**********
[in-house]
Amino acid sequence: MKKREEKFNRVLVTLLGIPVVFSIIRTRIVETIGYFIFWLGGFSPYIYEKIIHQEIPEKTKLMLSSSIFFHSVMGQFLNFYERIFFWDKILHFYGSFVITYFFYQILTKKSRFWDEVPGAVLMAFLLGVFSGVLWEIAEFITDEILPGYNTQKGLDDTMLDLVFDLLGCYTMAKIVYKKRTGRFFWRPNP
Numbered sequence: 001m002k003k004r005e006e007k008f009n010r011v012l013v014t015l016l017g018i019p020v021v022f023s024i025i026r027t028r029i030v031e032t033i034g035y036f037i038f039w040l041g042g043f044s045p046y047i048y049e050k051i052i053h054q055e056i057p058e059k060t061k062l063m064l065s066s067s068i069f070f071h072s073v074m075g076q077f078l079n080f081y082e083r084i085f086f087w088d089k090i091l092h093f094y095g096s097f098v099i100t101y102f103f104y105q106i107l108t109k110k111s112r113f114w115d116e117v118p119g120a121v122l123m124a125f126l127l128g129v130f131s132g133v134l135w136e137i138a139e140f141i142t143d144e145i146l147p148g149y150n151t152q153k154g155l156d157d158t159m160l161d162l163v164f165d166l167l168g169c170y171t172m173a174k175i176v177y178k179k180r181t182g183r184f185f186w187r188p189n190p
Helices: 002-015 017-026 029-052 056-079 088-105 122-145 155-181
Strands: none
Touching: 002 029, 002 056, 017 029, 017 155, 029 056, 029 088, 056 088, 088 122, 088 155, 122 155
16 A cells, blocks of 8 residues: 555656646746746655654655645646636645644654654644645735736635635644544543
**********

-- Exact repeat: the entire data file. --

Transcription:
[in-house]
Amino acid sequence: MKKREEKFNRVLVTLLGIPVVFSIIRTRIVETIGYFIFWLGGFSPYIYEKIIHQEIPEKTKLMLSSSIFFHSVMGQFLNFYERIFFWDKILHFYGSFVITYFFYQILTKKSRFWDEVPGAVLMAFLLGVFSGVLWEIAEFITDEILPGYNTQKGLDDTMLDLVFDLLGCYTMAKIVYKKRTGRFFWRPNP
Numbered sequence: 001m002k003k004r005e006e007k008f009n010r011v012l013v014t015l016l017g018i019p020v021v022f023s024i025i026r027t028r029i030v031e032t033i034g035y036f037i038f039w040l041g042g043f044s045p046y047i048y049e050k051i052i053h054q055e056i057p058e059k060t061k062l063m064l065s066s067s068i069f070f071h072s073v074m075g076q077f078l079n080f081y082e083r084i085f086f087w088d089k090i091l092h093f094y095g096s097f098v099i100t101y102f103f104y105q106i107l108t109k110k111s112r113f114w115d116e117v118p119g120a121v122l123m124a125f126l127l128g129v130f131s132g133v134l135w136e137i138a139e140f141i142t143d144e145i146l147p148g149y150n151t152q153k154g155l156d157d158t159m160l161d162l163v164f165d166l167l168g169c170y171t172m173a174k175i176v177y178k179k180r181t182g183r184f185f186w187r188p189n190p
Helices: 002-015 017-026 029-052 056-079 088-105 122-145 155-181
Strands: none
Touching: 002 029, 002 056, 017 029, 017 155, 029 056, 029 088, 056 088, 088 122, 088 155, 122 155
16 A cells, blocks of 8 residues: 555656646746746655654655645646636645644654654644645735736635635644544543